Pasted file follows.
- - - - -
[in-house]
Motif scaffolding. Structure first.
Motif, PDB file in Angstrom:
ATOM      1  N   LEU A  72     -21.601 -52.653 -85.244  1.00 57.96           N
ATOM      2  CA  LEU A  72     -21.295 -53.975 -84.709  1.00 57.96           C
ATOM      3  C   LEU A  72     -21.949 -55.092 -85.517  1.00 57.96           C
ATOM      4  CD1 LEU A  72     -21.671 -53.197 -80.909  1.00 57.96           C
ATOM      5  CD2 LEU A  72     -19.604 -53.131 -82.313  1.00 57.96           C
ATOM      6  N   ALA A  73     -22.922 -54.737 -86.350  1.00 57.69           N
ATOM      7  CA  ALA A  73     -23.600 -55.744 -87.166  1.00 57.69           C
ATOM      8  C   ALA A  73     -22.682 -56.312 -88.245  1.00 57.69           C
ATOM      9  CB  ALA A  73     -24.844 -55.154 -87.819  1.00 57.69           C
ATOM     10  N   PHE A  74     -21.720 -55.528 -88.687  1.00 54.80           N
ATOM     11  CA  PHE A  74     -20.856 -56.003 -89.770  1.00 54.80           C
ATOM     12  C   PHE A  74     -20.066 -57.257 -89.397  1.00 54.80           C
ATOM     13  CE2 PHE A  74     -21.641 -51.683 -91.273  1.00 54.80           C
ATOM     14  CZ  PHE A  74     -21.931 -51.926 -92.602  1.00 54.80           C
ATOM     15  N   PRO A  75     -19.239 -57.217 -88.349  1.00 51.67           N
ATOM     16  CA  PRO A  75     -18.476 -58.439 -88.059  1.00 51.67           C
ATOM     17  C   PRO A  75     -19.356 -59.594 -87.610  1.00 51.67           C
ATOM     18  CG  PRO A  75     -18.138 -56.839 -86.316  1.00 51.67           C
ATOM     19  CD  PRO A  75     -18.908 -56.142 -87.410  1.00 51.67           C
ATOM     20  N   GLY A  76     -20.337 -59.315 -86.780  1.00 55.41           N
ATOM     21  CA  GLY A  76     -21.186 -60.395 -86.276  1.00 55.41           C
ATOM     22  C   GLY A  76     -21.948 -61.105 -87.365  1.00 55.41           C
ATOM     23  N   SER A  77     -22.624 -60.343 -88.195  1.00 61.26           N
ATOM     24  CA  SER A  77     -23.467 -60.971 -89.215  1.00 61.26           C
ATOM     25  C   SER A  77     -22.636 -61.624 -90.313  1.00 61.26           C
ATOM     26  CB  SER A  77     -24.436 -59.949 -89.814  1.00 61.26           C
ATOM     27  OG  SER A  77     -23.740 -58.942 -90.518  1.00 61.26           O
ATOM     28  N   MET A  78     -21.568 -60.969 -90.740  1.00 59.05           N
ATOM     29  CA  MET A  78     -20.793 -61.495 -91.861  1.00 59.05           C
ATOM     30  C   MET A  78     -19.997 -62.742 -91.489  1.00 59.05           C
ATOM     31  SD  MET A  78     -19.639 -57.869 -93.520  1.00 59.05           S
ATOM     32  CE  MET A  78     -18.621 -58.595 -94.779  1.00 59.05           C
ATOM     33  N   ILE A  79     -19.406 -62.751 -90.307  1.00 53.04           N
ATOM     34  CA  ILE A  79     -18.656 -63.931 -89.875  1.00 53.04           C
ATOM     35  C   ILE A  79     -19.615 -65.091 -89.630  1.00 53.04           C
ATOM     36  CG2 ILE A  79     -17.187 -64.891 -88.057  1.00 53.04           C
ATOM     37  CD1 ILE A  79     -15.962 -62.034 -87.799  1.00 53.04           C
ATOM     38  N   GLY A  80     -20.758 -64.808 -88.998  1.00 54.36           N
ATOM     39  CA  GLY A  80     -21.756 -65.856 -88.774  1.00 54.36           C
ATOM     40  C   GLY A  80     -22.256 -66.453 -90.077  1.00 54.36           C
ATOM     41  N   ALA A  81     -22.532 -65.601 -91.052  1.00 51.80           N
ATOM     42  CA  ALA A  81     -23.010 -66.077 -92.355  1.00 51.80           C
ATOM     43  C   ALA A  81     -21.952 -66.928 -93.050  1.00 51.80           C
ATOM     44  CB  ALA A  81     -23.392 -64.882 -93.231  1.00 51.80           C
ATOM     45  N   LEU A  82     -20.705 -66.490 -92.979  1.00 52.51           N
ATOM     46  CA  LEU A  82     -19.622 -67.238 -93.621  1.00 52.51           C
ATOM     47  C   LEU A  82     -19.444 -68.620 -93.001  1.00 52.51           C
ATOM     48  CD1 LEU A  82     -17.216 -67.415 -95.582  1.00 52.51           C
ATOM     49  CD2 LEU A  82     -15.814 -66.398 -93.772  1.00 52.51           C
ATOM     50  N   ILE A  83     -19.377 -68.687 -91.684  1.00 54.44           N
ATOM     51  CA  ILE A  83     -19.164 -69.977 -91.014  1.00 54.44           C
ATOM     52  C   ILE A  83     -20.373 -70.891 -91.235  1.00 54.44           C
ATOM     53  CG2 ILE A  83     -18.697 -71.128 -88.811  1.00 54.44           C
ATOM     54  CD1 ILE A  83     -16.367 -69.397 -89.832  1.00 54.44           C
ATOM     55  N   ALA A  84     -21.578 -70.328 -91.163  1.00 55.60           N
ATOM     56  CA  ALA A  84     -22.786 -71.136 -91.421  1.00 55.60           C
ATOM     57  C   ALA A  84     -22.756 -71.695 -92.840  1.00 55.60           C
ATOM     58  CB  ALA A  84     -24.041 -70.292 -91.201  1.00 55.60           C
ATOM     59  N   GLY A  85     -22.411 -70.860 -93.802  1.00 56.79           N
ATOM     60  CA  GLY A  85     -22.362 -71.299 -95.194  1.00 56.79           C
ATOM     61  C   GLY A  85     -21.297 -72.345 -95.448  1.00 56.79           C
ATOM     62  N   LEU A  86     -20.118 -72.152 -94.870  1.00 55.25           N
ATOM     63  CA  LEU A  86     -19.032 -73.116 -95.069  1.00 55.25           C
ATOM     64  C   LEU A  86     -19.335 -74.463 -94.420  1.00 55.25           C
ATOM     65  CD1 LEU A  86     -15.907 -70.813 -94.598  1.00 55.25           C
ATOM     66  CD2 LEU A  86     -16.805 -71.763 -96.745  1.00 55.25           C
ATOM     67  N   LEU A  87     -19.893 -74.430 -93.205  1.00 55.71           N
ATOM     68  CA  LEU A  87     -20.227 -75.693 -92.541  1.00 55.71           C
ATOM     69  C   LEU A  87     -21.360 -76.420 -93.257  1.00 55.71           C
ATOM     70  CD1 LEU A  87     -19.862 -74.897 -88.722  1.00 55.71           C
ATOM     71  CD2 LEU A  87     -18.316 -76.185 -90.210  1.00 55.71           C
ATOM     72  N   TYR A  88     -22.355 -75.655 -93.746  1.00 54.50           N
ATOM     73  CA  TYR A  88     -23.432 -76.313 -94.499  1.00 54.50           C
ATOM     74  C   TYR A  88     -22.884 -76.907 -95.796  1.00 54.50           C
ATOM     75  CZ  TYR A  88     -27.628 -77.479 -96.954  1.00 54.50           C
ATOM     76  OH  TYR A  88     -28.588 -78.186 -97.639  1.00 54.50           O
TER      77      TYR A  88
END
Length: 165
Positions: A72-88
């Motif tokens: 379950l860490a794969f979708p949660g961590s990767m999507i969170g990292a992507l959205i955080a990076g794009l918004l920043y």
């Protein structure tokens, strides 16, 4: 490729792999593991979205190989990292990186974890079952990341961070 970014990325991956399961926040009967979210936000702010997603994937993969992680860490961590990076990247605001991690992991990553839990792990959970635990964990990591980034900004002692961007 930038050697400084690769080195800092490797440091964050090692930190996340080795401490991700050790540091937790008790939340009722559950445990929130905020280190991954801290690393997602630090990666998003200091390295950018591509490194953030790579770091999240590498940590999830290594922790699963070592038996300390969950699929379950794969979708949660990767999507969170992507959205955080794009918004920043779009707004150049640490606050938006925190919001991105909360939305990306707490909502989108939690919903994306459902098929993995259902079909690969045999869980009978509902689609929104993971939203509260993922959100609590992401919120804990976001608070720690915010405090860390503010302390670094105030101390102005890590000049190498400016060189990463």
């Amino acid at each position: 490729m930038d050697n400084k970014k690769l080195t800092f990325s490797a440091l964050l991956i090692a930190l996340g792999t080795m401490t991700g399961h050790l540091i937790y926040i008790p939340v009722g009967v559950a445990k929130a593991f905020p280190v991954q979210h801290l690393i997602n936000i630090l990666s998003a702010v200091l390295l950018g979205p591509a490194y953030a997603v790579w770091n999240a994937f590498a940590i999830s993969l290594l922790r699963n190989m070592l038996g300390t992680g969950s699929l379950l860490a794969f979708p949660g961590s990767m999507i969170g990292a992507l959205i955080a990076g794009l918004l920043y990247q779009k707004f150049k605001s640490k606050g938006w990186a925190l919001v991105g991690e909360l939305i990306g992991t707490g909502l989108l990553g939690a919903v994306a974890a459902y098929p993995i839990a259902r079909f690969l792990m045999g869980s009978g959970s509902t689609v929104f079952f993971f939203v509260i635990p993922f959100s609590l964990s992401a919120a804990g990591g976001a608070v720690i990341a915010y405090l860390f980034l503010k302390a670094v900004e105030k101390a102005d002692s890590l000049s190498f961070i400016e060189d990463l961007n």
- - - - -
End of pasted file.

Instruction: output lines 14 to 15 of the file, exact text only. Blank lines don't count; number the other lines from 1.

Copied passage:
ATOM     11  CA  PHE A  74     -20.856 -56.003 -89.770  1.00 54.80           C
ATOM     12  C   PHE A  74     -20.066 -57.257 -89.397  1.00 54.80           C